A couple of things that I'd like to add. This is my first Doo after 16 years of riding Polaris. I chose to wait to purchase any tools to work on the QRS clutching until I decided that I needed to make changes.. So the cost of any required Doo specific clutch tools would have to be added into the equation. I have always reclutched and regeared my sleds based on my type of riding and the conditions in which I ride, which is basically semi-aggressive riding on U.P. groomed trails. I also didn't want to make any clutching changes to the sled until I had a chance to get some real miles on it. From what I have read here on Dootalk, although there are some very good clutch guys out there, and this may open a real can of worms, there don't seem to be any significant gains to be had with any clutching changes for my riding style. I'm not much of a drag racer, even though I live on a lake; off trail riding is not for me after hitting a buried stump several years ago and going over the handle bars, doing $3500 worth of damage to my one day old sled and getting a dozen stitches in my forehead where my shield broke and cut me; and I don't ride in the mountains. We ride 200-300 miles a day on groomed trails and back pack with a change of clothes and a toothbrush. I started this post because a good friend and riding buddy, who is a Doo die hard, said that this is the one thing that I should doo to my sled. I guess I just wanted more opinions.
Thanks for the compliments. My first XP experiences started with a 600 Etec... which probably didn't need the doodoctors QRS treatment either, but... I love to play with clutching and the 600 etec still uses the old V manifold stock reeds, so wanted to put V-Force threes in. Not that you can't take the shaft and secondary out pretty easily.. you don't even have to buy the tool to hold up the top gear and chain, you can actually use a long punch or extension... I have done that several times although the correct diameter tool from the guy on here or skidoo does work super. But it is so much slicker to pull the secondary just by pulling the belt and taking the bolt out of the end of the shaft. It is one of the first things I did on my 600. Heck the sled was up in TC and the doodoctor was just getting going so my bud dropped the whole sled off and doodoctor made the swap and did some testing with it and he and Big John got together and DD put a new helix with a different angle in for no charge. Just the kind of guy he is.

Just got another 2011 summit that got the doo doctor treatment this summer, it started life as a sport 500ss but now has a ported 700 in it compliments of BJ.

My favorite riding buds wife's 800R has never eaten a belt in 4500 miles, where as his sled would eat one ever 300.. we tried shimming it, could never get belt life over 500 miles until the doo doctor shaft and clutch was put in. Now it gets 2300/2500 miles a belt. Actually I don't believe he has failed another one.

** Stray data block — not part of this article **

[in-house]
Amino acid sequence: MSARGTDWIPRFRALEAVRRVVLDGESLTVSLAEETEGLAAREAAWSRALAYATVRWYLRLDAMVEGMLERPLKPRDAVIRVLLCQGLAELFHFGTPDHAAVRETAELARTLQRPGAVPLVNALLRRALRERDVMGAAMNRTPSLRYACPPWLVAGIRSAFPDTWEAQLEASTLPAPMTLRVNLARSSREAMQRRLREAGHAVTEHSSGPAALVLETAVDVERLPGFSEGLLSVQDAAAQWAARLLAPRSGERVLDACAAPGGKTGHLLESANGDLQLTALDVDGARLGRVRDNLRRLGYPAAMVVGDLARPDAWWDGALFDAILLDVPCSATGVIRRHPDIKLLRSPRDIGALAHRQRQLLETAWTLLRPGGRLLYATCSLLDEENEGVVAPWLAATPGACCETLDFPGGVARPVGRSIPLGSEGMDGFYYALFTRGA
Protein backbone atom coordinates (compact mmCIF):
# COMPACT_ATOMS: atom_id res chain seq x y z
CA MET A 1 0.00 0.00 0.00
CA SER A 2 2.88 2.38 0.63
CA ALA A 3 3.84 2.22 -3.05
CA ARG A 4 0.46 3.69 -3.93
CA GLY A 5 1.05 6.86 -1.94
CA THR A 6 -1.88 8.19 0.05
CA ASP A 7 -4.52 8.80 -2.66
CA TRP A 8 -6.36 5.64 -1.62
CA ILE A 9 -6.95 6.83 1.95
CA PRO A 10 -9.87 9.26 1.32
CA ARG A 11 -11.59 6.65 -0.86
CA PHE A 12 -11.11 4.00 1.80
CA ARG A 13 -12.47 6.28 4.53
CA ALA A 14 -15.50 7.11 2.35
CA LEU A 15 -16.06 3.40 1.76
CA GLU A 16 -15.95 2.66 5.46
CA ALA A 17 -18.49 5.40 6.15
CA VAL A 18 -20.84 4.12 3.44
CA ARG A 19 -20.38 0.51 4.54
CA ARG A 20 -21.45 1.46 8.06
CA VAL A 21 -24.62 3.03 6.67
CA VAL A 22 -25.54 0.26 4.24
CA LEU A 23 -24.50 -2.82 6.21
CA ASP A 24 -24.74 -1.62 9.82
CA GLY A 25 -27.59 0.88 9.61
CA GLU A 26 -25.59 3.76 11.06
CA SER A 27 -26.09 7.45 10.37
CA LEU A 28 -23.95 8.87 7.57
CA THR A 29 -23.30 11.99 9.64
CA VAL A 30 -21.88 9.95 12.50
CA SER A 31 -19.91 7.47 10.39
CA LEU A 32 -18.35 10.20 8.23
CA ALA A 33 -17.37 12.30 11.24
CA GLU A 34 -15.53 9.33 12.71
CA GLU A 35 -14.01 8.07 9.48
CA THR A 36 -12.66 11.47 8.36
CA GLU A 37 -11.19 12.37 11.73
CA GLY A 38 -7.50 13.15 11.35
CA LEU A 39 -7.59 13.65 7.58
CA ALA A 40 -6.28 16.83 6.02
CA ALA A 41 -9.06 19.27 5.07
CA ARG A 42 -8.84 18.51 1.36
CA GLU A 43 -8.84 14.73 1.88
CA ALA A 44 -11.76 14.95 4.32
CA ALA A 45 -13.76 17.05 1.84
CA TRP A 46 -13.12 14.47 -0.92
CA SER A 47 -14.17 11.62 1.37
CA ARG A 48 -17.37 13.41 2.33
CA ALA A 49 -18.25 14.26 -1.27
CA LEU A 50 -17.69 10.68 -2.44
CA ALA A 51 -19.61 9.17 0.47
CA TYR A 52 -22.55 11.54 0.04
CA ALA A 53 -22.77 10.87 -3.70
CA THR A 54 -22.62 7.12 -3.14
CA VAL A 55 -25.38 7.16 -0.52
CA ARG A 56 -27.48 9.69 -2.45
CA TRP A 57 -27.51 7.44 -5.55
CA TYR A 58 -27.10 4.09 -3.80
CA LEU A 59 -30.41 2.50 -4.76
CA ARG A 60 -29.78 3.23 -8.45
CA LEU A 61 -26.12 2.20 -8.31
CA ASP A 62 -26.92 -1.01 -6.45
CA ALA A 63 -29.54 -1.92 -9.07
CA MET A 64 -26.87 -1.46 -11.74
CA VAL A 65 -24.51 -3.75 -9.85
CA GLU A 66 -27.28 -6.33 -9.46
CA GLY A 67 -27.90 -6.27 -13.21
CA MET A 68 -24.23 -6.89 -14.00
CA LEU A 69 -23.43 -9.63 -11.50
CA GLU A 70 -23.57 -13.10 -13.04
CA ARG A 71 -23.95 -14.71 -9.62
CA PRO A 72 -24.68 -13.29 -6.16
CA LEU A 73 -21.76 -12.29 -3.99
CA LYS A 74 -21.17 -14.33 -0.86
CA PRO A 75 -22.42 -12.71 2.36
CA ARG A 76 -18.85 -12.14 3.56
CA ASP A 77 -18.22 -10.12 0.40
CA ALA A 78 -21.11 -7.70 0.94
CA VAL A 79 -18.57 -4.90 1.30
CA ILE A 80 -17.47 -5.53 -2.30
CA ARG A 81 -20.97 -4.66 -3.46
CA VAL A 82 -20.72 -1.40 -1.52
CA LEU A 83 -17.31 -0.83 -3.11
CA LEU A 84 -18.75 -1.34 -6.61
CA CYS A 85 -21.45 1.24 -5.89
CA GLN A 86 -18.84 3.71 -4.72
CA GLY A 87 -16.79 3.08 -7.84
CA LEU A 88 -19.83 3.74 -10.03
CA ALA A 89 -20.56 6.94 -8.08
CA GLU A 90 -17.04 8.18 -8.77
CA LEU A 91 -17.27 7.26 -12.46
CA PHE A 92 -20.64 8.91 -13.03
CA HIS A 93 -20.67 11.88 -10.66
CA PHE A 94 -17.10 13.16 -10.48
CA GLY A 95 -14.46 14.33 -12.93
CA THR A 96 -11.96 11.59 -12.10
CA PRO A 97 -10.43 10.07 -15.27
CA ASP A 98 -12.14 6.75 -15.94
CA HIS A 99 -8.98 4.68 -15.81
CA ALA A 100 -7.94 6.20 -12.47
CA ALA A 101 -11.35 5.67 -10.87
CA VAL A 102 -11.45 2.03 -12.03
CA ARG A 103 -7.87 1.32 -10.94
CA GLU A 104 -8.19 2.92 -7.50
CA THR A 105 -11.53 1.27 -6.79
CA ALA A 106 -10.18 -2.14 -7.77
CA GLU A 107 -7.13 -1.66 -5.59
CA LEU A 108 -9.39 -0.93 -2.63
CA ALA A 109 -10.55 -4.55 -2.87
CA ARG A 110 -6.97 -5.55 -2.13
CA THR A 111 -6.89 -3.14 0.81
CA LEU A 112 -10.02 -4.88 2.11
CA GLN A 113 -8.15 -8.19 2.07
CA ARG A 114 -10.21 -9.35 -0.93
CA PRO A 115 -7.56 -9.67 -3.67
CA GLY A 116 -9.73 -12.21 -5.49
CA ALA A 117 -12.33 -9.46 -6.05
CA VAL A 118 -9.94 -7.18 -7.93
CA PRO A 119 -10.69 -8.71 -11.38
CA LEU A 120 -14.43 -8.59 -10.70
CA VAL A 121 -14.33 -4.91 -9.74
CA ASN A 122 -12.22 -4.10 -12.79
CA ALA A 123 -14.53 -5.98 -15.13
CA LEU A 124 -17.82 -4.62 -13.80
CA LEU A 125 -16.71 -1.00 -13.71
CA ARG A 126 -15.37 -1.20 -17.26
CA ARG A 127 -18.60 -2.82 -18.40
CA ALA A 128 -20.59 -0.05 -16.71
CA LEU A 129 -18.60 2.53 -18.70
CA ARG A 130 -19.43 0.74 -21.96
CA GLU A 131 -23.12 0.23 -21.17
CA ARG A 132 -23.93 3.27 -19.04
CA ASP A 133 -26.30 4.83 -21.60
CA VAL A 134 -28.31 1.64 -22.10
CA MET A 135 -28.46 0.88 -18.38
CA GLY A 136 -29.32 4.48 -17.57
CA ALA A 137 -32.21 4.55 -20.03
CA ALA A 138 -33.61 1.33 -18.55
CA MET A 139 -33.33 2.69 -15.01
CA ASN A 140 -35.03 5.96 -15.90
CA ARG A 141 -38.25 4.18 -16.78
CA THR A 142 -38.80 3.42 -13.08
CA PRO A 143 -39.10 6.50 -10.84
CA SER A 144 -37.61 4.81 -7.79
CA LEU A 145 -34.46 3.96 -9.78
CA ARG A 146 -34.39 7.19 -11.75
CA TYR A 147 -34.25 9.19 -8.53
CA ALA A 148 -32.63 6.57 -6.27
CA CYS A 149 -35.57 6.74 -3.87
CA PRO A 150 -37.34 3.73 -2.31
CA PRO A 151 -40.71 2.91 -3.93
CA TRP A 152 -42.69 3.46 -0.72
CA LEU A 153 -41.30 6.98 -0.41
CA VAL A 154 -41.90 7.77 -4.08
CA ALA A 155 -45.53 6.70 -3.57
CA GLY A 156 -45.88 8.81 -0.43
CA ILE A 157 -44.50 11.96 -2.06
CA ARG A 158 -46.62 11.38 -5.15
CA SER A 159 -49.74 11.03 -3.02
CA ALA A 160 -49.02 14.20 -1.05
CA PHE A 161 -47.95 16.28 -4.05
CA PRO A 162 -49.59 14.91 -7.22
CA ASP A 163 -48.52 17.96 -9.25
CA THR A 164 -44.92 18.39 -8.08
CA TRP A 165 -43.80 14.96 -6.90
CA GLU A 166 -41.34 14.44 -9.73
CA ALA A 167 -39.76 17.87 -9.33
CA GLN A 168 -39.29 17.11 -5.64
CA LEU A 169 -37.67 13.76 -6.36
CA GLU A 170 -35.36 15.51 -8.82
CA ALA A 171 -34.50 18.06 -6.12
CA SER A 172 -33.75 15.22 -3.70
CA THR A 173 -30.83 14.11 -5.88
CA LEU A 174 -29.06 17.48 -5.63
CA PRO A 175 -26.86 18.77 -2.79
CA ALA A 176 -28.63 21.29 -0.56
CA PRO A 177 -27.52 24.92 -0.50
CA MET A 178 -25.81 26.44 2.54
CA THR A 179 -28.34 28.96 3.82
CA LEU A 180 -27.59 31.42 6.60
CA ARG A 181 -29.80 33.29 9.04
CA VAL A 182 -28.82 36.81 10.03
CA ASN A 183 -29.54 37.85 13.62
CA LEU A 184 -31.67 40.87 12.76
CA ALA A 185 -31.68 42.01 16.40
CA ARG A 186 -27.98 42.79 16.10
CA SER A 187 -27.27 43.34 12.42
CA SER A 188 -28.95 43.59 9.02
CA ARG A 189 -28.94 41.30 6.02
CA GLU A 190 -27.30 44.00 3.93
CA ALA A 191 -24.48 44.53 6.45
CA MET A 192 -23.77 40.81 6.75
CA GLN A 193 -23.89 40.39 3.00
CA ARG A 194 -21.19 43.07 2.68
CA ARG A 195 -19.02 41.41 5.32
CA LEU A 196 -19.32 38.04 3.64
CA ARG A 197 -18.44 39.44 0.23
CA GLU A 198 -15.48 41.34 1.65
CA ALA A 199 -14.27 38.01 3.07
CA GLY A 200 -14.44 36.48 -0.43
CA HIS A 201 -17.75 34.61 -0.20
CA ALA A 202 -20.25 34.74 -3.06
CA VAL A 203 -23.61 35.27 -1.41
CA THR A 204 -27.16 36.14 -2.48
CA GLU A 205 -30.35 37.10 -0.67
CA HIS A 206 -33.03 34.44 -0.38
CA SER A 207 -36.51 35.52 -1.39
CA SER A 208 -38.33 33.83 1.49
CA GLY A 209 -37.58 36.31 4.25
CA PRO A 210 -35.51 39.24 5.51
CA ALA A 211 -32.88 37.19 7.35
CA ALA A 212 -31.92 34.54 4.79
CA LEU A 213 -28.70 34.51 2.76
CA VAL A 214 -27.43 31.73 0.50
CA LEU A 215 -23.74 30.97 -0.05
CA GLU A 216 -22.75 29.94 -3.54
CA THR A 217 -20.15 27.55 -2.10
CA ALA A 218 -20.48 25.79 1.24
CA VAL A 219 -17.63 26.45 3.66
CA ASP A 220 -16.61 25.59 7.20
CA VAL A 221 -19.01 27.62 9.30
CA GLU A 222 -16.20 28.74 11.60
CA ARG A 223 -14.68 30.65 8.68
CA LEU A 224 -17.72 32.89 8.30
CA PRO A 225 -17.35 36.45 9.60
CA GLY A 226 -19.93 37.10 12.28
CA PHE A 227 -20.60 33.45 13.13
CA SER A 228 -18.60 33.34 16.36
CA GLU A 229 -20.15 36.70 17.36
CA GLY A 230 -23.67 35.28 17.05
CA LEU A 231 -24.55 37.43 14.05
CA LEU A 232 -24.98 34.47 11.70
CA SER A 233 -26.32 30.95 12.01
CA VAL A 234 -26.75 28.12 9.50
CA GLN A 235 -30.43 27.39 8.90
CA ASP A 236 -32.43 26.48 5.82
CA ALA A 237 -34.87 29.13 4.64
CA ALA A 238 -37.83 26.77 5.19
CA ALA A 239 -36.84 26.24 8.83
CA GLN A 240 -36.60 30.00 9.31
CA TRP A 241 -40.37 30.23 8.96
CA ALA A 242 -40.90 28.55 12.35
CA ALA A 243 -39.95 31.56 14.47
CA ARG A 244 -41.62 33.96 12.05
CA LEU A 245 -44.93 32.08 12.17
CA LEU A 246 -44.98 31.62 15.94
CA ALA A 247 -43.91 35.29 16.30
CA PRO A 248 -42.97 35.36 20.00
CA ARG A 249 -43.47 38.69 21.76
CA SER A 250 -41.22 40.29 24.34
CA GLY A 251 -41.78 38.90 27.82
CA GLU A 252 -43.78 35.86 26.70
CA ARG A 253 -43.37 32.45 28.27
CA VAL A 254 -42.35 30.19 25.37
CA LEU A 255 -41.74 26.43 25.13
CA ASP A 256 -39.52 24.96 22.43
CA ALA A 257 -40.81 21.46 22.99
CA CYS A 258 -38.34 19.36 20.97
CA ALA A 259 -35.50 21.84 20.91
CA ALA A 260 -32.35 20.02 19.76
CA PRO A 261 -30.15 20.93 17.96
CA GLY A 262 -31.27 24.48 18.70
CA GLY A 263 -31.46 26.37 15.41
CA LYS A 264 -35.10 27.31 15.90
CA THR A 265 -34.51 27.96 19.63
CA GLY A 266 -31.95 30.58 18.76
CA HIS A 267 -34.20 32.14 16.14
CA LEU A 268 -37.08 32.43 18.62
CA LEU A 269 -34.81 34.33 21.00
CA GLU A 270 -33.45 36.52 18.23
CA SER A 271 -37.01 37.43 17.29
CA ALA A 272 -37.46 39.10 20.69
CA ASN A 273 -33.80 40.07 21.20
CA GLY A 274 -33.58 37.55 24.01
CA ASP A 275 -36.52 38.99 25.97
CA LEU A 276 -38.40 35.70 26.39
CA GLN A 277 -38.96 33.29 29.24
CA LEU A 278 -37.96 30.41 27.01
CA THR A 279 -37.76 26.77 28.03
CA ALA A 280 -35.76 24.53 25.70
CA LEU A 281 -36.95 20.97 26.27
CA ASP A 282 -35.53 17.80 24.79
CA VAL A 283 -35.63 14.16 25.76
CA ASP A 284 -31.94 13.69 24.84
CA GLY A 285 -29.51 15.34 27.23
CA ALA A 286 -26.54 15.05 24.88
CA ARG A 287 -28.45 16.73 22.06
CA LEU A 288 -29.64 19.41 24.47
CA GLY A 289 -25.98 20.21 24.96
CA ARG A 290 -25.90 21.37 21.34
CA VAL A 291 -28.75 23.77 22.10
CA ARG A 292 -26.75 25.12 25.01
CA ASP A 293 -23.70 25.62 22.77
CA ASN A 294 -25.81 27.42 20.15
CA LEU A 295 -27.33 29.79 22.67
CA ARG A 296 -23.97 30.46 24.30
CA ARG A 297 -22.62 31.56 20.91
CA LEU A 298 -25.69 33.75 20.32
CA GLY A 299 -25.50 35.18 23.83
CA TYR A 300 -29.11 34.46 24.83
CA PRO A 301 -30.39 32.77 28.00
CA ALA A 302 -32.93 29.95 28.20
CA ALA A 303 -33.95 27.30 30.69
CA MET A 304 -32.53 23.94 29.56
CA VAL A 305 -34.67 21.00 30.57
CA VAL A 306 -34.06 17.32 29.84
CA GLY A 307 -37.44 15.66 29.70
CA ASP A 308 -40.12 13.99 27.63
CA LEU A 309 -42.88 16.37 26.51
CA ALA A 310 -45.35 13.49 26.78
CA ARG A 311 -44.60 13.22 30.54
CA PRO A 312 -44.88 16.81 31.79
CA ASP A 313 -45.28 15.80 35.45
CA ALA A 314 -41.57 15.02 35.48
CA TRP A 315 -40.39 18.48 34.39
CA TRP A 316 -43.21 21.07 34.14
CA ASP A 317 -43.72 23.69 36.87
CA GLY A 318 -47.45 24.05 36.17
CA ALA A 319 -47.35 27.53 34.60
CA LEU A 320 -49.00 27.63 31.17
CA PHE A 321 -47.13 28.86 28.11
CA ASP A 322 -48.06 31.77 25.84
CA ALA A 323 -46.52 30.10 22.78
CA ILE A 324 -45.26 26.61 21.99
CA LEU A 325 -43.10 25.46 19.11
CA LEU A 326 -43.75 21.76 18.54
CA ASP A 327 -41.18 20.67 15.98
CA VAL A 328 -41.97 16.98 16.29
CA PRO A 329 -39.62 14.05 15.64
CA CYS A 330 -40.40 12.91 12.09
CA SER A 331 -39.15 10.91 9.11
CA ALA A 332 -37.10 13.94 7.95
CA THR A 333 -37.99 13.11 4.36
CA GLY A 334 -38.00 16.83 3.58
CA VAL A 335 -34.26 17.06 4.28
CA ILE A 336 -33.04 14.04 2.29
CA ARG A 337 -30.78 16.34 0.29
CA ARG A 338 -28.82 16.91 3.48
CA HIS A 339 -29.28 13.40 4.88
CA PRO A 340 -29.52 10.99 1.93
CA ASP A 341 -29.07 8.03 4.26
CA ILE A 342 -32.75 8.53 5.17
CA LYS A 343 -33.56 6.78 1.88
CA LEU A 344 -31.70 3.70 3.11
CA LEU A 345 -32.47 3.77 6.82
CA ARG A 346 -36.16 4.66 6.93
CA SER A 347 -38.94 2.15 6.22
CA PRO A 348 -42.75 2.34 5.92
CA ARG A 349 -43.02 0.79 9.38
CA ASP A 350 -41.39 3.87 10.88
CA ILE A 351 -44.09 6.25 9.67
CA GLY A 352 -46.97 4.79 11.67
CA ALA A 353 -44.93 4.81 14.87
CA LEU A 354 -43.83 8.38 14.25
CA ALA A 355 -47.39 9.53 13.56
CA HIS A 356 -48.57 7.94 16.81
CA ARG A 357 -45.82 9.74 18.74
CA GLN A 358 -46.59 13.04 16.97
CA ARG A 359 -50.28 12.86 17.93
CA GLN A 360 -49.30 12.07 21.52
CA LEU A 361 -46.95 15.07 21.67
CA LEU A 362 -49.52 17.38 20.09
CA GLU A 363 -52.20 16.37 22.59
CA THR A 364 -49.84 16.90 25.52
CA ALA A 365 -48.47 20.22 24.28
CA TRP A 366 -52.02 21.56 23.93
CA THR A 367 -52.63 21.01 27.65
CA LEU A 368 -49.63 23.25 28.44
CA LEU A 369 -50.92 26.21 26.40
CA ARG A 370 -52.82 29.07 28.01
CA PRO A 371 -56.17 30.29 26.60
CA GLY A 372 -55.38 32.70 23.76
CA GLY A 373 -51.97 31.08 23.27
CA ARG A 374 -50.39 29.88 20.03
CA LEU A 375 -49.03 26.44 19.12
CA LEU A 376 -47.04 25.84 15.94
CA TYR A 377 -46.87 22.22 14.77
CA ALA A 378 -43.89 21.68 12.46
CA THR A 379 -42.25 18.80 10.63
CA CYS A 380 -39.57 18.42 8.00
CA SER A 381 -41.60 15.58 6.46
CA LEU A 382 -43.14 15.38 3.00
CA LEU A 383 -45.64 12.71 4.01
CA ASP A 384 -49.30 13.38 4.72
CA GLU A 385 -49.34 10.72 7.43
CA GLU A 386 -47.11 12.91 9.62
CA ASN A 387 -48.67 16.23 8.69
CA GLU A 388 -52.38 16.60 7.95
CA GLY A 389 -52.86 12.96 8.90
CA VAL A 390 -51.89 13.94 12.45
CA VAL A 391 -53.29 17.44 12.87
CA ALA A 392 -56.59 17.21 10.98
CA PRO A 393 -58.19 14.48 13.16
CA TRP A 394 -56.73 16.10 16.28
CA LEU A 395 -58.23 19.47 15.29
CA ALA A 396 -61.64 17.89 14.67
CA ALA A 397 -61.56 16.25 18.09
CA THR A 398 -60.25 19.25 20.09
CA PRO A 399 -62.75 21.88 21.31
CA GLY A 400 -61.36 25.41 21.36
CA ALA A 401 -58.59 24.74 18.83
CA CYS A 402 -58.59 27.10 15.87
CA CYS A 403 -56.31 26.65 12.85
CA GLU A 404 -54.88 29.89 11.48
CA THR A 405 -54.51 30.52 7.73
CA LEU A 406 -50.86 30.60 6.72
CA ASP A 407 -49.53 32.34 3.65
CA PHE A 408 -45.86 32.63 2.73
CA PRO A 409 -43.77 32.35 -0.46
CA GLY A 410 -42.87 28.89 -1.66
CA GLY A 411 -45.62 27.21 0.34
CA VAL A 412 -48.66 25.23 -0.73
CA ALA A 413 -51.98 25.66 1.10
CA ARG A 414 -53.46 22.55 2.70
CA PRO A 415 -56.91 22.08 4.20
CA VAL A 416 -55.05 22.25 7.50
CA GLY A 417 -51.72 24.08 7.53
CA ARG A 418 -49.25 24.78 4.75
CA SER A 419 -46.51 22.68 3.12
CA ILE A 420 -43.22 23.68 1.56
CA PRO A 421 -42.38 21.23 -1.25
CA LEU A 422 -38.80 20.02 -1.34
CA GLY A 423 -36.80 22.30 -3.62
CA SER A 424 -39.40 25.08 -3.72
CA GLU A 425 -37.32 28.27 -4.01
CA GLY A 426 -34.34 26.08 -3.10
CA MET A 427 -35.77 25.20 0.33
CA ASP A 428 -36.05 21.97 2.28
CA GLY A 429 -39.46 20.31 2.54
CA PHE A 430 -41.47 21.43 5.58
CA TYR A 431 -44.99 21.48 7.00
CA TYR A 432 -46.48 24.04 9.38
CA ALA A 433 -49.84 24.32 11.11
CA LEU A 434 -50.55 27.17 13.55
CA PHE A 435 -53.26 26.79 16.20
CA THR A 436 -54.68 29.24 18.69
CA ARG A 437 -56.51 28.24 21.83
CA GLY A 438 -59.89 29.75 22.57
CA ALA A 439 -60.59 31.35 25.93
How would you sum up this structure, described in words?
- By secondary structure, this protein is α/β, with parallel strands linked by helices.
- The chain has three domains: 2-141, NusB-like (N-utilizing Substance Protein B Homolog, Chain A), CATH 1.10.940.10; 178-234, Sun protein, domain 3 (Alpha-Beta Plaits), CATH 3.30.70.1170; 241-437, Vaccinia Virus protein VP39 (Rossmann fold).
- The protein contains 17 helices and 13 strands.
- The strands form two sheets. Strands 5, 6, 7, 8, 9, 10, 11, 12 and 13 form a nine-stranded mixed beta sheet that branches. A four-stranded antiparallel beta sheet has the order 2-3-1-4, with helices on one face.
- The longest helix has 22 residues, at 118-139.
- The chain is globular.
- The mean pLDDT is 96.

What lake are you located on? I live on a small lake near fenton, I only use it for clutch testing. Ha ha.. I am just the opposite of you, all my riding is cross country, be it in the Traverse City area, the Seney area or out west in Wyoming or Montana where I grew up. I must confess I have been over the bars a few times, broken my throttle thumb twice landing in holes or over drop offs I didn't see! Head first into a pile rocks broken goggles, black eye and a couple of stiches a time or two. No serious sled damage yet... opps had a 99 Summit X go endo down a big hill in the middle of the gap in the snowy's, totalled it, but was able to ride it out very slowly.. and subsequently rebuilt it.

ha ha.. it's all good. Glad to see you on a doo for a while. Hope it turns out well for you!
 

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i have had it on a few sleds and it is nice.. and can help if the sled is way out of alignment. i would ride it for at lease 1000 miles and see if your getting crazy wear or it blows.. or if your clutches are super hot. like said before its also nice to get to the carbs but on an etec its not going to help in that way.. its a nice upgrade but only needed if your having belt issues.
 

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Discussion Starter · #7 ·
djm. I live on Commerce Lake and have always used the lake in the past the same as you do-clutch tuning. Most of my riding buddies still ride Polaris 800's so testing against them is always fun. Since my sled is pretty much stock; studs, carbides, braces, they use me to see how their "improvements" measure up.

Thinksno. I too got tired of waiting for Polaris to get their act together. I owned an 05 Fusion, which I never really had any issues with other than 14 recalls. First snowmobile that I ever brought back to a dealer for warranty work. But after seeing my buds Fusions have catastophic engine failures, I wasn't going to wait for mine to go down so I sold it. Bought an 07 600 IQ. That was the biggest engine Polaris offered that year (aside from the turbo) and it turned out to be a terrific sled, just a little down on power from what I was used to and preferred. I bought an 09 D800 and despite a lot of work, I could never get it to run cool. It was in constant detonation mode on the trails. (un)Fortunately it got stolen last summer along with my enclosed Floe trailer and my brother's Dragon as well. That's when I decided to make a switch to Doo.

So far, I could not be happier. The 800 etech MXZX is everything that a snowmobile should be; light, dependable, plenty fast for me, carves up trails with litttle effort, good on gas and oil, etc..